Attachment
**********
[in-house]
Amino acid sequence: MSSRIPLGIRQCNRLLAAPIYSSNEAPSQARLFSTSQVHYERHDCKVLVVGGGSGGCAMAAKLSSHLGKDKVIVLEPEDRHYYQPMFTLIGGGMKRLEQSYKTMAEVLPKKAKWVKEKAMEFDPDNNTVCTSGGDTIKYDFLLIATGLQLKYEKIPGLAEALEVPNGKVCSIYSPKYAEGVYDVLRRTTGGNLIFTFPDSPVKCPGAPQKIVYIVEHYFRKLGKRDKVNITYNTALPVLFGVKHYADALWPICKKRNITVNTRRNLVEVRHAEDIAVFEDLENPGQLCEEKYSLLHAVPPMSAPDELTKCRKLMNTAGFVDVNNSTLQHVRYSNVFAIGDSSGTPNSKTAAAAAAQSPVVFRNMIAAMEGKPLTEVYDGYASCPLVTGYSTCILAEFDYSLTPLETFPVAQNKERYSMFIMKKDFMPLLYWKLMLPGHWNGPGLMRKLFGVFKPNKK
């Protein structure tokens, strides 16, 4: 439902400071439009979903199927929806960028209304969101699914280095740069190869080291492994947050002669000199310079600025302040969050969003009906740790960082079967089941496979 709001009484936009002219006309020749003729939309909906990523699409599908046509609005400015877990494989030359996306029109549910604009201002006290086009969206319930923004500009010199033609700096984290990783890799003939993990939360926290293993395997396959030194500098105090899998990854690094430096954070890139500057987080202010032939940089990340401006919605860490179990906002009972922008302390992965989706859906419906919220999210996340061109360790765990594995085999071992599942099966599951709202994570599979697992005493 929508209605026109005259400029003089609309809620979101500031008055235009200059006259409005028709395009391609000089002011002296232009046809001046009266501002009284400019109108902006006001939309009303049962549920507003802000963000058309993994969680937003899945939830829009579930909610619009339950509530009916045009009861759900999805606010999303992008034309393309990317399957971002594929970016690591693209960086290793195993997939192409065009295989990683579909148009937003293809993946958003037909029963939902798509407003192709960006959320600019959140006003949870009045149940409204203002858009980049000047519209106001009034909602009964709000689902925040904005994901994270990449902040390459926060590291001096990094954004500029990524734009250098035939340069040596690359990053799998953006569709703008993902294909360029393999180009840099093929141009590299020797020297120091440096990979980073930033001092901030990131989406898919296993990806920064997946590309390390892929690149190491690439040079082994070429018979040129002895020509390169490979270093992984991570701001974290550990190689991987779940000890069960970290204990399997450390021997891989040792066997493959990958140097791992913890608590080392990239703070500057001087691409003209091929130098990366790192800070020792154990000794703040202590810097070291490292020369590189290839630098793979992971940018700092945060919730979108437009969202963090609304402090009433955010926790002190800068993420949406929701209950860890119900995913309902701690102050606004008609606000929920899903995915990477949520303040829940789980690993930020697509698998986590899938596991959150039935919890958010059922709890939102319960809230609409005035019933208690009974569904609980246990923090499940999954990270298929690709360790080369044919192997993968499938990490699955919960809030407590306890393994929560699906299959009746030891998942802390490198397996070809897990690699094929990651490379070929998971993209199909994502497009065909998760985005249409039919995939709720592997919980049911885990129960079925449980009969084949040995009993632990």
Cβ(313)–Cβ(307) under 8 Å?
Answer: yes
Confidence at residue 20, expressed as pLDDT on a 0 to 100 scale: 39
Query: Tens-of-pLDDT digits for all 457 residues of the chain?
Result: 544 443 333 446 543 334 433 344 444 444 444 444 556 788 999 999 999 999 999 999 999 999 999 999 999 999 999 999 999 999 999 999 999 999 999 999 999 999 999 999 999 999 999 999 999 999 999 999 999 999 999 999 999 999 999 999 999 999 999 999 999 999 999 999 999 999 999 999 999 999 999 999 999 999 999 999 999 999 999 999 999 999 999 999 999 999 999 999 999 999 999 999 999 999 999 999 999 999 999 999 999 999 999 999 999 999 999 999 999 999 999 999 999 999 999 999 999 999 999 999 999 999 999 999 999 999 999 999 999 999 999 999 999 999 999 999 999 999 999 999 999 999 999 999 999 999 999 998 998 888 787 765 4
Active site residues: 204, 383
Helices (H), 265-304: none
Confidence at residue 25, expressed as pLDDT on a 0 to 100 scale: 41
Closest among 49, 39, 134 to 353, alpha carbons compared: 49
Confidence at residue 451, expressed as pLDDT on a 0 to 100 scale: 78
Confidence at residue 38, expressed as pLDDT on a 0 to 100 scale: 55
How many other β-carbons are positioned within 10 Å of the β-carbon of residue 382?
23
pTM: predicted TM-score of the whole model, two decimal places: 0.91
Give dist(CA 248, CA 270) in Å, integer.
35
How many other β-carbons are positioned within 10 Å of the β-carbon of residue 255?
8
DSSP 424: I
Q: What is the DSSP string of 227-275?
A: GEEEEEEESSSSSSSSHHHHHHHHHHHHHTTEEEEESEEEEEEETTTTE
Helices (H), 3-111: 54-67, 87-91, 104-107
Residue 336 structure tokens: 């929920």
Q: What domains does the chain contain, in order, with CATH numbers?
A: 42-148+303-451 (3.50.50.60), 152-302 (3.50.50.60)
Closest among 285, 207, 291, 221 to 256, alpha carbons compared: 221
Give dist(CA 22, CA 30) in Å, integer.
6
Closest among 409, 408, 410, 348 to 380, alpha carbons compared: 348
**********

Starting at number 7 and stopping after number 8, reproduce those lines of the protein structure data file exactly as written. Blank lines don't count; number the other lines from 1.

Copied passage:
Query: Tens-of-pLDDT digits for all 457 residues of the chain?
Result: 544 443 333 446 543 334 433 344 444 444 444 444 556 788 999 999 999 999 999 999 999 999 999 999 999 999 999 999 999 999 999 999 999 999 999 999 999 999 999 999 999 999 999 999 999 999 999 999 999 999 999 999 999 999 999 999 999 999 999 999 999 999 999 999 999 999 999 999 999 999 999 999 999 999 999 999 999 999 999 999 999 999 999 999 999 999 999 999 999 999 999 999 999 999 999 999 999 999 999 999 999 999 999 999 999 999 999 999 999 999 999 999 999 999 999 999 999 999 999 999 999 999 999 999 999 999 999 999 999 999 999 999 999 999 999 999 999 999 999 999 999 999 999 999 999 999 999 998 998 888 787 765 4